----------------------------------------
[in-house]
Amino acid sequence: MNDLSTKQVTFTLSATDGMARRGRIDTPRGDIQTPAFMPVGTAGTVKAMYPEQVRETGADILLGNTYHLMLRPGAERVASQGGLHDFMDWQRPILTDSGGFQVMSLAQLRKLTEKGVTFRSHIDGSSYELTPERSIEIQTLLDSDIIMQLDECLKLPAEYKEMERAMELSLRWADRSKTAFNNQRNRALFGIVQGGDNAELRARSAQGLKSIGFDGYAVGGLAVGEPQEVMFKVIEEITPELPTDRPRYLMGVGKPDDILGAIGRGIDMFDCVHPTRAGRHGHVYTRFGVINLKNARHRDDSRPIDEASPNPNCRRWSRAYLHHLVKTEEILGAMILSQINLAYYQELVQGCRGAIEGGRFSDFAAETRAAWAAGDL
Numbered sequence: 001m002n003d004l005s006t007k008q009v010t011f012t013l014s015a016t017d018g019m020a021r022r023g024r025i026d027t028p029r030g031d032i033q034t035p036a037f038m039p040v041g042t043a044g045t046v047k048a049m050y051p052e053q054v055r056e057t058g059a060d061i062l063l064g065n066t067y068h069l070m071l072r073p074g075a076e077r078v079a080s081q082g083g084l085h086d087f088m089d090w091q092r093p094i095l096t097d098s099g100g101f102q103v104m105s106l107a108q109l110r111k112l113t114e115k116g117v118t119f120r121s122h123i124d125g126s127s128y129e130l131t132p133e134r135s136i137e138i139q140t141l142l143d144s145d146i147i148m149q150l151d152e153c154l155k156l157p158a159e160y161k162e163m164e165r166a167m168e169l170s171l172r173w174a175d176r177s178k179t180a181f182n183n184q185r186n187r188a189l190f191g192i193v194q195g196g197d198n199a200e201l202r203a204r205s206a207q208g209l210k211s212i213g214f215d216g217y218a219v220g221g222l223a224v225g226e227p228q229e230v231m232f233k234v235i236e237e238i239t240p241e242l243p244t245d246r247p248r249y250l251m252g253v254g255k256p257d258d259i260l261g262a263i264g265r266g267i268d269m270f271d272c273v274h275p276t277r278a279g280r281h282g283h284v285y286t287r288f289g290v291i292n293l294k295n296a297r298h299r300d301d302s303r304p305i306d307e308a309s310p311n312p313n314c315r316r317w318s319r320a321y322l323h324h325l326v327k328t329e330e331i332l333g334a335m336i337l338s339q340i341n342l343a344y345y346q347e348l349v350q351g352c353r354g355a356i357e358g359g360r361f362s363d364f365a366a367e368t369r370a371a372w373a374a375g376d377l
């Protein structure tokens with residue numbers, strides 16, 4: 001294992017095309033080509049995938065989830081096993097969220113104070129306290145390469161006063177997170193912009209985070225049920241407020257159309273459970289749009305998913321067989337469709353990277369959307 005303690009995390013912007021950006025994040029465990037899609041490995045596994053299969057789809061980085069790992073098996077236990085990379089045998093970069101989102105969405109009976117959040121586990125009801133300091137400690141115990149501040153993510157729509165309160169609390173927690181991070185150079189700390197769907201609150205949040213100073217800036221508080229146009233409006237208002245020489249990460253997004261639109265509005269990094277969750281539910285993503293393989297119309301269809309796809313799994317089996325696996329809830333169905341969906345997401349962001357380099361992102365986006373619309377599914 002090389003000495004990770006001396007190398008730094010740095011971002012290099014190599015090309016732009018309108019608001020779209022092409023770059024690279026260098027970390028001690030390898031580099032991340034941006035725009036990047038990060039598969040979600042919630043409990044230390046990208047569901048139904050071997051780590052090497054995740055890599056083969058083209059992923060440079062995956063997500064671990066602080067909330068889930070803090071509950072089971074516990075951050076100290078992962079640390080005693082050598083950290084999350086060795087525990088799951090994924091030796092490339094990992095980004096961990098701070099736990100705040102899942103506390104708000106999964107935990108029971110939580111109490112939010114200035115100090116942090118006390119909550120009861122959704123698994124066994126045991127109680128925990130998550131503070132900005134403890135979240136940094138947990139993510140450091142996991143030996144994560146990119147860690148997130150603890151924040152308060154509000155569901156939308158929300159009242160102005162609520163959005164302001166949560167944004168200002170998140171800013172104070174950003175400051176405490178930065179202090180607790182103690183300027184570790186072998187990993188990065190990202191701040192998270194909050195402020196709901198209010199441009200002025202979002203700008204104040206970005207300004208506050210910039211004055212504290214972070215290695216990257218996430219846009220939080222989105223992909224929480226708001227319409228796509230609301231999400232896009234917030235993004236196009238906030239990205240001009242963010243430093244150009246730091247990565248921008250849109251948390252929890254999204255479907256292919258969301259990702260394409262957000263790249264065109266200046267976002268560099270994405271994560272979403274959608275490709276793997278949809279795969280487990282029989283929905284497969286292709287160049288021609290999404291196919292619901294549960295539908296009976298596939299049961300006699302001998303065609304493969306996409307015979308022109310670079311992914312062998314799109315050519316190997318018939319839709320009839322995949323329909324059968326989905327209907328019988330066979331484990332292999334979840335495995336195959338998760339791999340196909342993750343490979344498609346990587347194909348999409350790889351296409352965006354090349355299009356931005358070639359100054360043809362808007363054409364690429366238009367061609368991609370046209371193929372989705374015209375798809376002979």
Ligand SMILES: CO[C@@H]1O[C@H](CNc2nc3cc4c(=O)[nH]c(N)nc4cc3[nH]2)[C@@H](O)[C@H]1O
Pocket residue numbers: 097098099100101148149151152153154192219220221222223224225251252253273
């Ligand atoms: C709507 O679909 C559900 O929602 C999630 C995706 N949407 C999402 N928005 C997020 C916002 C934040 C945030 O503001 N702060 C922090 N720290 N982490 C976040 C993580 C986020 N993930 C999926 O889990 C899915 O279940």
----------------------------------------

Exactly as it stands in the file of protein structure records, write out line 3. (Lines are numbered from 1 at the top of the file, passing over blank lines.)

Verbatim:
Numbered sequence: 001m002n003d004l005s006t007k008q009v010t011f012t013l014s015a016t017d018g019m020a021r022r023g024r025i026d027t028p029r030g031d032i033q034t035p036a037f038m039p040v041g042t043a044g045t046v047k048a049m050y051p052e053q054v055r056e057t058g059a060d061i062l063l064g065n066t067y068h069l070m071l072r073p074g075a076e077r078v079a080s081q082g083g084l085h086d087f088m089d090w091q092r093p094i095l096t097d098s099g100g101f102q103v104m105s106l107a108q109l110r111k112l113t114e115k116g117v118t119f120r121s122h123i124d125g126s127s128y129e130l131t132p133e134r135s136i137e138i139q140t141l142l143d144s145d146i147i148m149q150l151d152e153c154l155k156l157p158a159e160y161k162e163m164e165r166a167m168e169l170s171l172r173w174a175d176r177s178k179t180a181f182n183n184q185r186n187r188a189l190f191g192i193v194q195g196g197d198n199a200e201l202r203a204r205s206a207q208g209l210k211s212i213g214f215d216g217y218a219v220g221g222l223a224v225g226e227p228q229e230v231m232f233k234v235i236e237e238i239t240p241e242l243p244t245d246r247p248r249y250l251m252g253v254g255k256p257d258d259i260l261g262a263i264g265r266g267i268d269m270f271d272c273v274h275p276t277r278a279g280r281h282g283h284v285y286t287r288f289g290v291i292n293l294k295n296a297r298h299r300d301d302s303r304p305i306d307e308a309s310p311n312p313n314c315r316r317w318s319r320a321y322l323h324h325l326v327k328t329e330e331i332l333g334a335m336i337l338s339q340i341n342l343a344y345y346q347e348l349v350q351g352c353r354g355a356i357e358g359g360r361f362s363d364f365a366a367e368t369r370a371a372w373a374a375g376d377l